Tricia Miles has just received a second marriage proposal within fifteen minutes. The first was from her friend with benefits, Marshall Cambridge, and the second from her ex-lover, police chief Grant Baker. Tricia’s got some serious thinking to do.
She’s still weighing her options when she hears the sound of an engine roaring down Main Street. It’s a big white pickup truck that aims for and hits Marshall as he’s walking back to his apartment. Tragically, he’s killed, leaving Tricia feeling bereft and guilty. She retreats to her sister, Angelica’s, apartment to wait for Baker to update her on what happened. While there, Tricia takes Angelica’s dog out for a comfort call behind the building, and the same white pickup roars up the alley and just misses hitting Tricia.
Still shaken by that news, Tricia returns to Haven’t Got a Clue and is met by federal marshal Kirby, who tells her that Marshall had been in the Federal Witness Protection Program. Everything Marshall told Tricia was a lie–in particular, that he was a widower. Was his death an act of revenge? Tricia’s on the hunt for a killer, and it seems like she might be next on the list.
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“A DEADLY DELETION is a jaw-dropping whodunit that will leave fans of the long-running Booktown Mystery series in utter shock. And as this is the fifteenth book in the series, I will go out on a ledge and say the best one yet. I have followed Tricia’s adventures from book one, MURDER IS BINDING, and let me tell you, I was completely thrown by the ending in this installment.
“One of the many things I love about this series is the concept of Booktown itself. Is there anywhere more perfect for us bibliophiles to want to live? A town centered around bookshops is perfect in and of itself, but added to that is the cozy, small town New Hampshire setting that makes it of those series that you anxiously await release day so you can catch up with old friends. The supporting characters, Tricia’s sister, her shop employees, and extended family are all so important to this series, and each has their own subplots which makes these books even more enjoyable and engaging. A DEADLY DELETION can be read as a standalone, but I always recommend starting at the beginning to get the full effect of the storytelling talent that Lorna Barrett has perfected with this series.”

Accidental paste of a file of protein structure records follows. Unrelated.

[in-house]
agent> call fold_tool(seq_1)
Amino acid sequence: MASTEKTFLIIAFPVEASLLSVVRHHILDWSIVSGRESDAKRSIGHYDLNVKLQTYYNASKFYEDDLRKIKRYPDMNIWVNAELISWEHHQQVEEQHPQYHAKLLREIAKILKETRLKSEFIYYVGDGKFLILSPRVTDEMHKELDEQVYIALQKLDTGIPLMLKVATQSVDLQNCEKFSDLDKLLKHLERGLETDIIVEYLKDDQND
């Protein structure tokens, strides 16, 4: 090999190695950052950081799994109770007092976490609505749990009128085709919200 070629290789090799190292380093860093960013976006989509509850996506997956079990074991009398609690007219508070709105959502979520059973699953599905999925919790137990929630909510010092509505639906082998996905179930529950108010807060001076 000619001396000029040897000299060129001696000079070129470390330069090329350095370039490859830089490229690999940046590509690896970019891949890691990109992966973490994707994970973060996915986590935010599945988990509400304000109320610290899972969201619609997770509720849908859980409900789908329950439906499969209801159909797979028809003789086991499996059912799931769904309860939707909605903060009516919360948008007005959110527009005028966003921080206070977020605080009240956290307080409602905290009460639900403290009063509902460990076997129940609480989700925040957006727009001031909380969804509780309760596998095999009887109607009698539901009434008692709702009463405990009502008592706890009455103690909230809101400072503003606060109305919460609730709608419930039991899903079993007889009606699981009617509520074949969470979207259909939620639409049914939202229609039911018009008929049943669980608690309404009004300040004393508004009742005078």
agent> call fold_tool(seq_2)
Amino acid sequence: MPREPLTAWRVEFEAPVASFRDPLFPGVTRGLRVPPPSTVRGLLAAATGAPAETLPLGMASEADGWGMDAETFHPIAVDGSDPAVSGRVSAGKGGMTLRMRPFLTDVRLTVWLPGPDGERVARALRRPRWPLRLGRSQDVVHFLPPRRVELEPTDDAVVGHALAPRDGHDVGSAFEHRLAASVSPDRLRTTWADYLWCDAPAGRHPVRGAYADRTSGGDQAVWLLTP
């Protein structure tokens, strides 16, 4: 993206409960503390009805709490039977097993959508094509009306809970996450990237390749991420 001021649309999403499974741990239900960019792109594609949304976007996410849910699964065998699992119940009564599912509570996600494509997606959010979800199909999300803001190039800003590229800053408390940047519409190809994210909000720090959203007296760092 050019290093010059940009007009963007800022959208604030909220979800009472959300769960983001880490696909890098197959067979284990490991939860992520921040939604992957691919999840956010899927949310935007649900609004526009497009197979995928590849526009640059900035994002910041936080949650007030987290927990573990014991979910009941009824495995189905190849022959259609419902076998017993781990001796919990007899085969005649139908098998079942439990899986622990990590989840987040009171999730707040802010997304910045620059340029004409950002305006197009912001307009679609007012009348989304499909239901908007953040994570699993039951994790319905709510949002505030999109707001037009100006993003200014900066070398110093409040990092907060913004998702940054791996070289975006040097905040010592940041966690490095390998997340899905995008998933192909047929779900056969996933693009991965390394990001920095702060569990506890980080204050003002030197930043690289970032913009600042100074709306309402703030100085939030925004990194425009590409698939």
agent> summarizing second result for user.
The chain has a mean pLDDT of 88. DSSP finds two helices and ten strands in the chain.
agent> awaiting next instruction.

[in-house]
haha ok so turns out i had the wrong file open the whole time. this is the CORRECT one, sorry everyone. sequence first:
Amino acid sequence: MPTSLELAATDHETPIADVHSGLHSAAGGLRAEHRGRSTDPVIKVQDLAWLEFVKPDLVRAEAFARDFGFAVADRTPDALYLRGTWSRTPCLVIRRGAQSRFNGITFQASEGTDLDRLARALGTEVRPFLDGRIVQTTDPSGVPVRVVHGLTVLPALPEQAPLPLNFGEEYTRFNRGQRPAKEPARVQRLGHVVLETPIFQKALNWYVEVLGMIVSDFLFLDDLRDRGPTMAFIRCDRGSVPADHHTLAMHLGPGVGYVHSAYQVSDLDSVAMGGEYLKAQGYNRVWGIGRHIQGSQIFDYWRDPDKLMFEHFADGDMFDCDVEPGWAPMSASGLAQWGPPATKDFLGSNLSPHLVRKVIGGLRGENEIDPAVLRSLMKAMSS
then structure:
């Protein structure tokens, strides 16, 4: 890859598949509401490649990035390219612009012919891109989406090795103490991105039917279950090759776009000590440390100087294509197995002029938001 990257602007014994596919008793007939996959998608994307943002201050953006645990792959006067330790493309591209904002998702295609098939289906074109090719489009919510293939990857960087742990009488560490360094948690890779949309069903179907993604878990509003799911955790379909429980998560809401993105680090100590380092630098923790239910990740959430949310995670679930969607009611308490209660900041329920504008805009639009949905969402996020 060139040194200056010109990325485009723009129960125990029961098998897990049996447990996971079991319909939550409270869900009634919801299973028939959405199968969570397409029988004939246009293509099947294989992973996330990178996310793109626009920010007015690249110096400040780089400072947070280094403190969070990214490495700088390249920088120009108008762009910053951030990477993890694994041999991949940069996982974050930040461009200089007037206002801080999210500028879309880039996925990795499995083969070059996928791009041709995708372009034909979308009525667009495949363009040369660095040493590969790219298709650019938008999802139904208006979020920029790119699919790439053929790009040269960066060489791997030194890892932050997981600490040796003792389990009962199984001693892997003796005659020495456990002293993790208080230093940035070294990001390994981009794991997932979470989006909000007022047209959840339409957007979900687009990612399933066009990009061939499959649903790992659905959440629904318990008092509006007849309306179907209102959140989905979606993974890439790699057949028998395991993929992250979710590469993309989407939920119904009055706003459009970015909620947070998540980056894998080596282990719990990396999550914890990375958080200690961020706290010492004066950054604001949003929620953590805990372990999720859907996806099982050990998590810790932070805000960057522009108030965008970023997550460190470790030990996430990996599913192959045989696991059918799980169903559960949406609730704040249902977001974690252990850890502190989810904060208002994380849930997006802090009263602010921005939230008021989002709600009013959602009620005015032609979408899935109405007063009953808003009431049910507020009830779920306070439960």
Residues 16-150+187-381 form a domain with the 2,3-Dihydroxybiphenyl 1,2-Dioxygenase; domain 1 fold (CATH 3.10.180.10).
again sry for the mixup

“If you have enjoyed previous cozies in this series, run, don’t walk to get this one. I think it is the most explosive one, the one from which Tricia’s life will never be the same again. I was captivated by this complex mystery and would never have guessed who the real bad guy was. The descriptions of Stoneham, New Hampshire in autumn were so appealing, and each major character was defined well. Tricia, her family, and staff are engaging, a group anyone would be pleased to call her people.”
— Open Book Society
“Ms. Barrett creates an engaging read and carefully plotted mystery while she updates readers with the supporting cast she so carefully develops to support primary characters. The resolution to the murder and mayhem in this novel is entirely unexpected and a complete surprise.”
“A Deadly Deletion is a hectic and gripping whodunit with chamber of commerce kerfuffle, unpredicted proposals, slagging book sales, tasty thumbprint cookies, a determined dentist, an orderly abode, and a shocking solution.”
–The Avid Reader
“This has become one of our favorite series. We love to follow the adventures of Tricia and Anjelica and see what sort of trouble Trish always gets into. Loved the fact that Baker finally came to his senses and proposed! Can’t wait to see where the next installment takes Trish! Five paws!”